You eat a delicious meal that tastes so good that you want to prepare it yourself. But how do you go about replicating the success of that dish you’ve tasted? How are you going to do it?
A few months back I tasted delicious Dahl made by a local curry restaurant. I told the owner, a young man who had come out of the food catering business for an airline in the UK, that I enjoyed his Dahl. “No problem,” he said. “I’ll give you the recipe.” Now, Dahl is not something that you can buy in supermarkets except in tins. But canned Dahl tastes awful and it’s best to stay far away from it.
The owner of the Indian restaurant sat down with me one afternoon while I wrote out the ingredients for the Dahl and the preparation. I wanted my Dahl to test exactly like his Dahl and worked out exact cooking times and ingredient quantities. I thanked him and just as we were leaving he gave me the final ingredient that is inserted right at the end. I thought it was a strange ingredient to include but said nothing and decided to try it out.
The next evening I had obtained all the necessary ingredients and started my Dahl. When the Dah was ready I added the final secret ingredient and it was delicious. We ate the Dahl together with naan bread and that was sufficient as a meal for supper.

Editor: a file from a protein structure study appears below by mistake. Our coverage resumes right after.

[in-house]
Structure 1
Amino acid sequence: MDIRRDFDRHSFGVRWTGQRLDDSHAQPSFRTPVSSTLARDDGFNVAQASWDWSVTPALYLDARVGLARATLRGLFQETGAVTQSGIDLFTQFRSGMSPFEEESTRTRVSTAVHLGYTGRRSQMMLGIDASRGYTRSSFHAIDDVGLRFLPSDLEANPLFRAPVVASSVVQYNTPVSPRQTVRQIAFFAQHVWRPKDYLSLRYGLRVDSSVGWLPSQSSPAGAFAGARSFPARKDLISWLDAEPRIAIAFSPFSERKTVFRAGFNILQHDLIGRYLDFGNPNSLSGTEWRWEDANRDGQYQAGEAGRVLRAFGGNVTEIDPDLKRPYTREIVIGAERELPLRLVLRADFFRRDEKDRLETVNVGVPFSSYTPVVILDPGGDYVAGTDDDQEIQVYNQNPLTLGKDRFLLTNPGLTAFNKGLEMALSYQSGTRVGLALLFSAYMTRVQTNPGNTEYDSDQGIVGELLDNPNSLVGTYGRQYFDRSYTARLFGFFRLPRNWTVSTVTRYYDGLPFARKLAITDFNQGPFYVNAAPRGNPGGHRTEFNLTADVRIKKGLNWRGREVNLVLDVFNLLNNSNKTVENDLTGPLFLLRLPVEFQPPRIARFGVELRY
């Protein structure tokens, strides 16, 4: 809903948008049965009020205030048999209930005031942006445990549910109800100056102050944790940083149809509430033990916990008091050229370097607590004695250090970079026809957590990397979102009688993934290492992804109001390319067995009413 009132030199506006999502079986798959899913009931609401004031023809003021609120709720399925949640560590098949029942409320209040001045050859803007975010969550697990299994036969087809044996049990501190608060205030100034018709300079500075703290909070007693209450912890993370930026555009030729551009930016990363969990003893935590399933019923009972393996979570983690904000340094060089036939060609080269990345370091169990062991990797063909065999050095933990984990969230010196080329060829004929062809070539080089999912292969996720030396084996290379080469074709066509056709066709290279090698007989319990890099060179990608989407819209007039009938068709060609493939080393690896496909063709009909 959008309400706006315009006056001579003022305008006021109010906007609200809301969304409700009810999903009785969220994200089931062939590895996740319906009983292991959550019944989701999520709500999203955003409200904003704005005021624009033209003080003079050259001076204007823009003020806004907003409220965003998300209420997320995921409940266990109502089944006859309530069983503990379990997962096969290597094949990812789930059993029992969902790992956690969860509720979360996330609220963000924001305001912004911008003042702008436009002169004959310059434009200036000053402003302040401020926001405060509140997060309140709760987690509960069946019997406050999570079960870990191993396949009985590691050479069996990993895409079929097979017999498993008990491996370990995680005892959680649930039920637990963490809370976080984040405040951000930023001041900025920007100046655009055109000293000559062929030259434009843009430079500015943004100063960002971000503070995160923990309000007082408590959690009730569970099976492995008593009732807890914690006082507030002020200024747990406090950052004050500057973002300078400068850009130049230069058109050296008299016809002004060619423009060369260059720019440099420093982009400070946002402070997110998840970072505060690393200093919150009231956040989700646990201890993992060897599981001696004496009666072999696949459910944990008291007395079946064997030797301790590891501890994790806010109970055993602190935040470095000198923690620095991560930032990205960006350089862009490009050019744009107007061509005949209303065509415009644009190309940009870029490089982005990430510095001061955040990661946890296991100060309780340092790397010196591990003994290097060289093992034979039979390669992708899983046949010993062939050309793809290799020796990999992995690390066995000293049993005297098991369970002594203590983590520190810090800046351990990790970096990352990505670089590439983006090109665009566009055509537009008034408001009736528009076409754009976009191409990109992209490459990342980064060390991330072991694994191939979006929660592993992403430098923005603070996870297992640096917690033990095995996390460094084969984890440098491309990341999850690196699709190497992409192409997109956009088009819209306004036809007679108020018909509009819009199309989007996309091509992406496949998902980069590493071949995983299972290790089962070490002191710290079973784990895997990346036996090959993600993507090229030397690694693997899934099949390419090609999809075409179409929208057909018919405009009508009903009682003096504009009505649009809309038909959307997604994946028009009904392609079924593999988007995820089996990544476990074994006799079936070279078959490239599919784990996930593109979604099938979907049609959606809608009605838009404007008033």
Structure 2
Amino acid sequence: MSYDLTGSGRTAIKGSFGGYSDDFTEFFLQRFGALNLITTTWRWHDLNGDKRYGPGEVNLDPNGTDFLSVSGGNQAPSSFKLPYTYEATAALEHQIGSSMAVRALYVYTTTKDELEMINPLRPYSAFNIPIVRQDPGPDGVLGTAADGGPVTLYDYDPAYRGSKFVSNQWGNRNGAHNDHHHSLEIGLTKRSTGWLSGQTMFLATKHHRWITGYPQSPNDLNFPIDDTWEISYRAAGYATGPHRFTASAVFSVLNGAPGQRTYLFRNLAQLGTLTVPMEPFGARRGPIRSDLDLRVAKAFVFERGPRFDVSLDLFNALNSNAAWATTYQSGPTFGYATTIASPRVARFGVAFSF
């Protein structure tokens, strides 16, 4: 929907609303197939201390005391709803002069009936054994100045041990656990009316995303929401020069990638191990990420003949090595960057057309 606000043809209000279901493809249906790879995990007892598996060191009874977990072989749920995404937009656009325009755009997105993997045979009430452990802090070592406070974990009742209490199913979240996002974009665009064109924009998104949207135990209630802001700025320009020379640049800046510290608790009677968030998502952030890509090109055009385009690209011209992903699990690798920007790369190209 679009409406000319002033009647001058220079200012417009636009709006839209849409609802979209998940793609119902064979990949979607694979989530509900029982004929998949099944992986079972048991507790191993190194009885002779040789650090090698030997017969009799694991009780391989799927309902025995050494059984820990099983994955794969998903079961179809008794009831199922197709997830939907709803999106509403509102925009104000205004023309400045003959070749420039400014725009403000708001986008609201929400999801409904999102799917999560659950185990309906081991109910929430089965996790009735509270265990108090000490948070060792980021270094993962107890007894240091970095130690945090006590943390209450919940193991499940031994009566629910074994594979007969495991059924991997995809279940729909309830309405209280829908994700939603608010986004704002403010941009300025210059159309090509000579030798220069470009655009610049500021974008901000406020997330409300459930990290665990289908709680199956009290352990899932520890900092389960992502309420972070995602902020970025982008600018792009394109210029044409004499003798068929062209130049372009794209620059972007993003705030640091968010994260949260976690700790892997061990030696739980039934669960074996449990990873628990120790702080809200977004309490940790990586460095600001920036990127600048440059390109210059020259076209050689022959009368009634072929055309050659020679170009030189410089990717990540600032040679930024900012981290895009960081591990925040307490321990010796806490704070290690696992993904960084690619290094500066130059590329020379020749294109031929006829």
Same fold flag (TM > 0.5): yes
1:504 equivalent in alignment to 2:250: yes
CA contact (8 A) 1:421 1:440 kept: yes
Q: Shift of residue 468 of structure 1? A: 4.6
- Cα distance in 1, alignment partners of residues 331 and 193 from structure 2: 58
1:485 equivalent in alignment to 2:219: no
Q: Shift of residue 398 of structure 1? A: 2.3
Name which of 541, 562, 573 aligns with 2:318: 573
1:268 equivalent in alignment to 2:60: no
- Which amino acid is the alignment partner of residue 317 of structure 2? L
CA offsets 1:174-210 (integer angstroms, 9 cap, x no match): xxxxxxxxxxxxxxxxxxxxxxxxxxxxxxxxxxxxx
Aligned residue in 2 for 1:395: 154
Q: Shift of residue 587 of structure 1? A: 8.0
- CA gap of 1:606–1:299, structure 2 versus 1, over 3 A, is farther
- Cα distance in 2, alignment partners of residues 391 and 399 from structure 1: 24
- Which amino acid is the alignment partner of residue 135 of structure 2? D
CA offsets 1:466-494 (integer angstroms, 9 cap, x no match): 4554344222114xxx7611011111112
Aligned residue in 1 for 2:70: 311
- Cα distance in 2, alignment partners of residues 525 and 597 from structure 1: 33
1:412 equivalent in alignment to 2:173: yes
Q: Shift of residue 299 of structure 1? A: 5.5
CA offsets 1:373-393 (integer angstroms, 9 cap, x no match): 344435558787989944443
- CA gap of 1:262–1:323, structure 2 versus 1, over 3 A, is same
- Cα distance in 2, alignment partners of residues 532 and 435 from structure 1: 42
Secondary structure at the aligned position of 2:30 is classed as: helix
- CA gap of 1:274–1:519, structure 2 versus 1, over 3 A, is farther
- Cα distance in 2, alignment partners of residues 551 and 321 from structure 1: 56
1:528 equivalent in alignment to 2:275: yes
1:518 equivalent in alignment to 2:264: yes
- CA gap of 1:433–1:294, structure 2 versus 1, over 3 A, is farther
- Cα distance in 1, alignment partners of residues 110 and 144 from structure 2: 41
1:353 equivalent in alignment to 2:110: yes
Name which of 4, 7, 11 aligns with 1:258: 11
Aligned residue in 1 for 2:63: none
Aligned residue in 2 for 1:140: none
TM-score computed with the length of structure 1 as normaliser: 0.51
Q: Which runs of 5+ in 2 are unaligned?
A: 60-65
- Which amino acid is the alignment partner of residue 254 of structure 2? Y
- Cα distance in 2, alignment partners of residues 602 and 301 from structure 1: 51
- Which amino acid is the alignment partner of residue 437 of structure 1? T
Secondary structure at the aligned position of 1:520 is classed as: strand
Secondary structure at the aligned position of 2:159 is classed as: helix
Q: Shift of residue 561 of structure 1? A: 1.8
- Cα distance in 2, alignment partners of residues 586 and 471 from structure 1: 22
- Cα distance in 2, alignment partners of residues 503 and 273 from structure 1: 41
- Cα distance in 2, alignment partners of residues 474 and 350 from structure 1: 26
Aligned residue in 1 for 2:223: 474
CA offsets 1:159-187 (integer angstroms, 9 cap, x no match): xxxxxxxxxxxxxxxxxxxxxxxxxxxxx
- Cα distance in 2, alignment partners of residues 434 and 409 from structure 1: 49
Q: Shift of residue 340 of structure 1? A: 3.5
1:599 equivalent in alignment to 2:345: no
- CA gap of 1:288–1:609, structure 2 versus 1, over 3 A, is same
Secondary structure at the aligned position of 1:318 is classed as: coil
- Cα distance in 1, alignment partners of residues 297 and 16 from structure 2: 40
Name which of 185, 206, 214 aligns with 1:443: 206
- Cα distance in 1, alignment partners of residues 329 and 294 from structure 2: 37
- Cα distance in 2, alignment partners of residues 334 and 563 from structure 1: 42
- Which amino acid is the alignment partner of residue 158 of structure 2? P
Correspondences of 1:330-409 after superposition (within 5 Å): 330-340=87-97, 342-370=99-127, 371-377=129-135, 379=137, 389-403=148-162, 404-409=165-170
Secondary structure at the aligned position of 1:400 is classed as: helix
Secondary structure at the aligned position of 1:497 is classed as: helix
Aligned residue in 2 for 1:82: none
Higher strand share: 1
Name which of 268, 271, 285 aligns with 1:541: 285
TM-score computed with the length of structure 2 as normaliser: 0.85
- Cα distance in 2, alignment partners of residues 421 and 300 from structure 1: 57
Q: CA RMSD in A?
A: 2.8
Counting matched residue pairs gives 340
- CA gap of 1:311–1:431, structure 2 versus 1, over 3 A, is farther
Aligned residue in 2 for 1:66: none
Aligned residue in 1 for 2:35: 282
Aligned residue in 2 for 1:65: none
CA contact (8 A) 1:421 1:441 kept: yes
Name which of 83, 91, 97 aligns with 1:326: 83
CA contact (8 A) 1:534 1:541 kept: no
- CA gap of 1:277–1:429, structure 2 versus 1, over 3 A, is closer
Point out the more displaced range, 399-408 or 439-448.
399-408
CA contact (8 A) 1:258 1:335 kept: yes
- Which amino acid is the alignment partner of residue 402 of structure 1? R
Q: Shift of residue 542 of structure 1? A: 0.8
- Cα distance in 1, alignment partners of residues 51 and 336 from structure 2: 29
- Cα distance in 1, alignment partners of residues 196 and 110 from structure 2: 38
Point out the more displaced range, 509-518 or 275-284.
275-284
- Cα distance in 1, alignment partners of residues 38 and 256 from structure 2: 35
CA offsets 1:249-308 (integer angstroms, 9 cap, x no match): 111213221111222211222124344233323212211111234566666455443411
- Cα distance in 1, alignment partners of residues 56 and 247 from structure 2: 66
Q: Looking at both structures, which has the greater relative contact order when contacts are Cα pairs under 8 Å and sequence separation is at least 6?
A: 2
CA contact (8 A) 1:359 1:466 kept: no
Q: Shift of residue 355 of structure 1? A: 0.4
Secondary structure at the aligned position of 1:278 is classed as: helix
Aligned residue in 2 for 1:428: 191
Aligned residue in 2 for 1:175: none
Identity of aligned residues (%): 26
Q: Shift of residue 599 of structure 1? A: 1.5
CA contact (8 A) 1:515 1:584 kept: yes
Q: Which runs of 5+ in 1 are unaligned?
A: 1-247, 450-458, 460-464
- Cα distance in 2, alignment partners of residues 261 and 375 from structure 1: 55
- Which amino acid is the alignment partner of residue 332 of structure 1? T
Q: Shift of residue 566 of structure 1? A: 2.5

You see, individuals come up with start-up ideas but the ingredients may be wrong and the preparation and implementation could result in a flop. The first problem that you will face is whether your “meal” or “dish” will be liked by your guests. They may try some but be too polite to say they don’t like it. You might just end up with the wrong impression and base your decisions on this.
You may skip important steps in the preparation phase. Of course, you want to give things your individual touch, use your own imagination and creativity. That’s all right. There is no one way to success. But if you skip or forget about just one small item in your preparation, you may well be headed for disaster – sometimes without you even knowing it. But your guests will know. They will either like, love or hate your product or service. Then you’ll wonder what went wrong.
The odds are so high in not succeeding with a start-up idea that sensible people look to other people who have walked down the road, perhaps several times, failing at first, and have eventually succeeded, for their knowledge and expertise. I’m not talking about success formulas here or success recipes because there are none. What I am talking about is a proven process that will help reduce your risk and increase your chance of success.
Wonder what that could be?
If you think you have a good idea and you are willing to put your passion and savings into it, you will need a roadmap.
You’ll find it here while it’s still publicly available.